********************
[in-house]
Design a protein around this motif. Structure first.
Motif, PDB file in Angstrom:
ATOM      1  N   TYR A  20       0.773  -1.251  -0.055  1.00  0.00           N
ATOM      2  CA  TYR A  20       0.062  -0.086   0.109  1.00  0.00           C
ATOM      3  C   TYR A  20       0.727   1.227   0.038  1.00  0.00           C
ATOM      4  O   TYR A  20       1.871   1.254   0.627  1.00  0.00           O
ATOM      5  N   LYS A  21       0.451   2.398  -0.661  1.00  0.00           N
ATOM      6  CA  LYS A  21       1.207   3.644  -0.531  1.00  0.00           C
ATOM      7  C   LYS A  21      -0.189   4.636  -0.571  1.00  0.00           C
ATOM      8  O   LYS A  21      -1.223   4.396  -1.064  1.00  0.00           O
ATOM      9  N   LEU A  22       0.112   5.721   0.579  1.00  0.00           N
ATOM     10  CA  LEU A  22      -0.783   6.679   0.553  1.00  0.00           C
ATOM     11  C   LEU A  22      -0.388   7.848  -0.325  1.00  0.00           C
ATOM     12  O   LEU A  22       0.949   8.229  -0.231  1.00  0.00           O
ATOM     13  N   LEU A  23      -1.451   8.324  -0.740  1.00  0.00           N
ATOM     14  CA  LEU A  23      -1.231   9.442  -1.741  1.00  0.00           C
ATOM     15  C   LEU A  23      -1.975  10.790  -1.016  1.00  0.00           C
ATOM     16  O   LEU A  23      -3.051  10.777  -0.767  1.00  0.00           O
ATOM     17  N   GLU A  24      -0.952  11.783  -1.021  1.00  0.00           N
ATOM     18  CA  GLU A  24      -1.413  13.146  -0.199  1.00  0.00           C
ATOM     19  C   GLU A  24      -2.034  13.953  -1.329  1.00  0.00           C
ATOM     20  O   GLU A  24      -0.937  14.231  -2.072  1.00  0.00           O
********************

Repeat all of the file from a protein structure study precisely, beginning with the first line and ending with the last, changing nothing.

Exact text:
[in-house]
Design a protein around this motif. Structure first.
Motif, PDB file in Angstrom:
ATOM      1  N   TYR A  20       0.773  -1.251  -0.055  1.00  0.00           N
ATOM      2  CA  TYR A  20       0.062  -0.086   0.109  1.00  0.00           C
ATOM      3  C   TYR A  20       0.727   1.227   0.038  1.00  0.00           C
ATOM      4  O   TYR A  20       1.871   1.254   0.627  1.00  0.00           O
ATOM      5  N   LYS A  21       0.451   2.398  -0.661  1.00  0.00           N
ATOM      6  CA  LYS A  21       1.207   3.644  -0.531  1.00  0.00           C
ATOM      7  C   LYS A  21      -0.189   4.636  -0.571  1.00  0.00           C
ATOM      8  O   LYS A  21      -1.223   4.396  -1.064  1.00  0.00           O
ATOM      9  N   LEU A  22       0.112   5.721   0.579  1.00  0.00           N
ATOM     10  CA  LEU A  22      -0.783   6.679   0.553  1.00  0.00           C
ATOM     11  C   LEU A  22      -0.388   7.848  -0.325  1.00  0.00           C
ATOM     12  O   LEU A  22       0.949   8.229  -0.231  1.00  0.00           O
ATOM     13  N   LEU A  23      -1.451   8.324  -0.740  1.00  0.00           N
ATOM     14  CA  LEU A  23      -1.231   9.442  -1.741  1.00  0.00           C
ATOM     15  C   LEU A  23      -1.975  10.790  -1.016  1.00  0.00           C
ATOM     16  O   LEU A  23      -3.051  10.777  -0.767  1.00  0.00           O
ATOM     17  N   GLU A  24      -0.952  11.783  -1.021  1.00  0.00           N
ATOM     18  CA  GLU A  24      -1.413  13.146  -0.199  1.00  0.00           C
ATOM     19  C   GLU A  24      -2.034  13.953  -1.329  1.00  0.00           C
ATOM     20  O   GLU A  24      -0.937  14.231  -2.072  1.00  0.00           O